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Greenberg firm cleared of theft
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14:22, July 09, 2009

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NEW YORK: A company run by former AIG CEO Maurice "Hank" Greenberg did not plunder billions from a retirement fund, a jury ruled, dashing the bailed-out insurer's chances of collecting $4.3 billion in damages.

American International Group Inc took Starr International Co, a private company run by Greenberg, to court in an effort to recover millions of shares held by Starr and get compensation for stock sold.

Tuesday's decision is the latest blow for AIG as it struggles to repay $83 billion in loans from the federal government.

AIG had sought to establish that there was the creation of an oral trust in 1970, entrusting Starr International to use a block of AIG shares acquired in a company restructuring to fund an executive retirement scheme for generations of AIG employees. It charged Starr with breach of that trust, and with a second claim of conversion related to sales of the stock for the company's own use.

A final decision on the breach of trust claim will be made by the court by next month.

David Boies, the lawyer for Greenberg and Starr International, said "the quickness of the (jury's) decision reflects the simplicity of the case. The trust AIG is alleging, no one had ever heard of or seen. No document mentioned it and I think the jury recognized that".

Boies added he was "hopeful the judge would see it the same way as the jury does".

A spokeswoman for Greenberg said the decision was a "complete vindication of Starr International and Mr Greenberg".

Greenberg, 84, was forced out of AIG in 2005 after 38 years as CEO for failure to cooperate with an internal investigation into accounting practices at the insurer that once claimed global dominance.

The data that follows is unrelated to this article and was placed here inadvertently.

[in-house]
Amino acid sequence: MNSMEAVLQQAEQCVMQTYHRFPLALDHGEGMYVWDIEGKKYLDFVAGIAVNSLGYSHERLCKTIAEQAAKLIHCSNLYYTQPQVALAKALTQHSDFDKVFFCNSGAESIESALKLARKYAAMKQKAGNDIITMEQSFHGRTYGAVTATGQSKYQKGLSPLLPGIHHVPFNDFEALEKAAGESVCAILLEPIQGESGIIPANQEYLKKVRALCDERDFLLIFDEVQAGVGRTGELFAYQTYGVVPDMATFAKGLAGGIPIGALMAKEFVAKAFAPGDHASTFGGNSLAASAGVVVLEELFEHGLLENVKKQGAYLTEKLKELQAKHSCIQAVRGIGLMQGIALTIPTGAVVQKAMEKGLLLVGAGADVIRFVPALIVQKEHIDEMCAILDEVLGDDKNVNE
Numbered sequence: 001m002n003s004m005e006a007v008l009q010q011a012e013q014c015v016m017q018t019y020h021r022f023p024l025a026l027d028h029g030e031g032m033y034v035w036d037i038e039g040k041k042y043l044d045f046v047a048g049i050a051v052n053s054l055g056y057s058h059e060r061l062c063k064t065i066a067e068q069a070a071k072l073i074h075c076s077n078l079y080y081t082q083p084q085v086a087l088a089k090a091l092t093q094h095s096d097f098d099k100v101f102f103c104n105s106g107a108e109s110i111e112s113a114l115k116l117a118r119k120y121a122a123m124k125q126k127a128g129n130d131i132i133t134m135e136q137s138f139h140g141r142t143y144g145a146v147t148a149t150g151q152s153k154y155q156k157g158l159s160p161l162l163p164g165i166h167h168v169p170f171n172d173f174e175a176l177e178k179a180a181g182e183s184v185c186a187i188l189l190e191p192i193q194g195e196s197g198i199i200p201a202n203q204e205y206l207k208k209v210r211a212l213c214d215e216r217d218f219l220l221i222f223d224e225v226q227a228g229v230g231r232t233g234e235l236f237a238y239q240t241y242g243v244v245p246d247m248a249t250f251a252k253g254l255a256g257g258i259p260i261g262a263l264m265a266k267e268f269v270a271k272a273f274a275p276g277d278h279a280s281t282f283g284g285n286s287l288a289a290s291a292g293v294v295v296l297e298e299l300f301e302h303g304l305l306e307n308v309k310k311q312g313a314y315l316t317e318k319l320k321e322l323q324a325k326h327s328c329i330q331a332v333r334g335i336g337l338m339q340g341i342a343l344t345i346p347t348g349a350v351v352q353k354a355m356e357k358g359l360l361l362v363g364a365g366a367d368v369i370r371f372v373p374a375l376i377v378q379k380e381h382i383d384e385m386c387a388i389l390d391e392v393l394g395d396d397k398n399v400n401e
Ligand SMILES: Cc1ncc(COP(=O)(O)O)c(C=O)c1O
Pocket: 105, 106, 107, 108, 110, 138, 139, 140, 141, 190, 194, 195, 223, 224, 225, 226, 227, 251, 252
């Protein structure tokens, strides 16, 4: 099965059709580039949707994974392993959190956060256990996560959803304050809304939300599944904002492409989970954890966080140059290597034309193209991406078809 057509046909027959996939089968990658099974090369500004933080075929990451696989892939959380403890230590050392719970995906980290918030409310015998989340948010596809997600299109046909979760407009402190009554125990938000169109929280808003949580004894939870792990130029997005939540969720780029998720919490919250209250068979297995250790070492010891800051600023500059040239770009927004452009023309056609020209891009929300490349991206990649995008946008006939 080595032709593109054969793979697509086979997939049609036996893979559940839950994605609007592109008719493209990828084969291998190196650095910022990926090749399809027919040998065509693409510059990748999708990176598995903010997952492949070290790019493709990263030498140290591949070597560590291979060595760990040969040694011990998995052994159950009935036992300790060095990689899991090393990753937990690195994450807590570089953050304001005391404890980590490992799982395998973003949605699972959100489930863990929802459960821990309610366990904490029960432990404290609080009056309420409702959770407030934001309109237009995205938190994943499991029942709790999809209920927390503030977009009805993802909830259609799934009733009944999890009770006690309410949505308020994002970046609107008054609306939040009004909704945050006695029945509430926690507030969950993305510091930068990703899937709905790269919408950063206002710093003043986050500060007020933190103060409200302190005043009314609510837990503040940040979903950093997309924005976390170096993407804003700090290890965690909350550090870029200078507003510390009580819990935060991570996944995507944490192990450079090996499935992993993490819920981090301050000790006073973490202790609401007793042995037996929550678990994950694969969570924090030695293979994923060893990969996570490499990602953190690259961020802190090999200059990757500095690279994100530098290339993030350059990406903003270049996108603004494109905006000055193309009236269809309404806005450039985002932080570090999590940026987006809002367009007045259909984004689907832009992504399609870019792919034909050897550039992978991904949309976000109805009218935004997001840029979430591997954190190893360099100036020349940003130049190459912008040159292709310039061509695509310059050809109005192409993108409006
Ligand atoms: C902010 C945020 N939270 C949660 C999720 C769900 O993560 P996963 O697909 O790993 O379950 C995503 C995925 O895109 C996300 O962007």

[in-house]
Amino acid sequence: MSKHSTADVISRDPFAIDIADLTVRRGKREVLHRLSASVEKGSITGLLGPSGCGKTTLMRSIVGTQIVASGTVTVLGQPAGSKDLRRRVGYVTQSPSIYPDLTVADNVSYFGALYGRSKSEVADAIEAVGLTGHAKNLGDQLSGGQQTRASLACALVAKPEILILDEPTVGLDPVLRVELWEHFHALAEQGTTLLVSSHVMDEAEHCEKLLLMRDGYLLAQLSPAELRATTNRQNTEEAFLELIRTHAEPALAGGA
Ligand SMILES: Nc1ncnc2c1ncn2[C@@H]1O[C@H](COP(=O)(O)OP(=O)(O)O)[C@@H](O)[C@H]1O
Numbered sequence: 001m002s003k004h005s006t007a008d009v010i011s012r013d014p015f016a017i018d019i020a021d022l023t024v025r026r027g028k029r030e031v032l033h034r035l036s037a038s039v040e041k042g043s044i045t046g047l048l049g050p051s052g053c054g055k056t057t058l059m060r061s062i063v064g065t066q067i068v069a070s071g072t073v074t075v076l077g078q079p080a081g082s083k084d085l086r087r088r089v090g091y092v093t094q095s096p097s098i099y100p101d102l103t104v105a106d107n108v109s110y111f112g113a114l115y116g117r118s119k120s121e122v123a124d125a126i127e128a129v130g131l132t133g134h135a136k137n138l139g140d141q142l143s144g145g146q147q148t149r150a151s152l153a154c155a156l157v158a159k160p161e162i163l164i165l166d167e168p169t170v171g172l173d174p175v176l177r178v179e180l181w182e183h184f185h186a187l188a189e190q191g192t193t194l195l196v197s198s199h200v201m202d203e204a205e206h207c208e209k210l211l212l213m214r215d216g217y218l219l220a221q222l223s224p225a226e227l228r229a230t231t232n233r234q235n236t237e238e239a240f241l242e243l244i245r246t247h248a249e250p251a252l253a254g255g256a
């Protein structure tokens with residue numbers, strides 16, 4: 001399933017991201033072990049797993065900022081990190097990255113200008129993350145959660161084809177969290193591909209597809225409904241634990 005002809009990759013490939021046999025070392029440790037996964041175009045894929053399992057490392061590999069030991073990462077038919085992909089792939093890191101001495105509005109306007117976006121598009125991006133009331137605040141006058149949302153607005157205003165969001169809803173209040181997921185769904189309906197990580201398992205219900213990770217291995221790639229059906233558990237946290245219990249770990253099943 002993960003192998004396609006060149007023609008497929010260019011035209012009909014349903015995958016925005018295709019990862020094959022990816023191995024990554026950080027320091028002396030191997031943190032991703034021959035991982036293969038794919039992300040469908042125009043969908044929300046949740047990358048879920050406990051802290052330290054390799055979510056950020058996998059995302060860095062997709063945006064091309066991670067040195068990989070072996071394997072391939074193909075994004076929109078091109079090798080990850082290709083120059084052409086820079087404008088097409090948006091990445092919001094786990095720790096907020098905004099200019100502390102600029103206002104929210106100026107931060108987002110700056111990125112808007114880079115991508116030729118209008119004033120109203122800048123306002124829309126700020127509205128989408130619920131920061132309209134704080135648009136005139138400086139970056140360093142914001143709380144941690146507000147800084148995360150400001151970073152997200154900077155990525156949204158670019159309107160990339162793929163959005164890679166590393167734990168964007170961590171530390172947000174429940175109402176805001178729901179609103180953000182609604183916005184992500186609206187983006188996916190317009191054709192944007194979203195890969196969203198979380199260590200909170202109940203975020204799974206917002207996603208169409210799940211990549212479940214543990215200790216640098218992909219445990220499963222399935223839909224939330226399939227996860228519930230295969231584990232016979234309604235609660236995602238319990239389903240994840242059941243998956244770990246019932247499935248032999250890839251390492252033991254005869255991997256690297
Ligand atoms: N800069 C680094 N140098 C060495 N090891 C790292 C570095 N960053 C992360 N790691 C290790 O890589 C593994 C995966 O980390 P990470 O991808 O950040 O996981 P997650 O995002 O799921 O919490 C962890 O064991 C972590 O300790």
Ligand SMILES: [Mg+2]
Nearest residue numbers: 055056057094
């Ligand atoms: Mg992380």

Powerful decision

While the final decision in the breach of trust claim will be made by the court, the conversion claim was decided by the jury, meaning that there will be no damages awarded to AIG.

Greenberg, who took the stand for several days early in the three-week trial heard in US District Court in Manhattan, and sat through much of the proceedings, was not present in court for the jury's verdict.

The final decision by Judge Jed Rakoff is expected by next month. Rakoff said in court on Tuesday he would take the jury's determination "very seriously" in coming to his own decision.

AIG and privately held Starr International, often referred to as SICO, were closely aligned until Greenberg left AIG in 2005.

He kept control of Starr and its large block of AIG shares, worth in excess of $23 billion at the time. Over time, Greenberg sold some of the stock and started investing in businesses that have at times competed against his former company.

The retirement fund was cut off within days of Greenberg's ouster from AIG in 2005, ending a lucrative plan that had enriched hundreds of senior managers for 35 years.

AIG said in a statement after the jury announced its verdict that it was "disappointed".

Source:China Daily/Agencies

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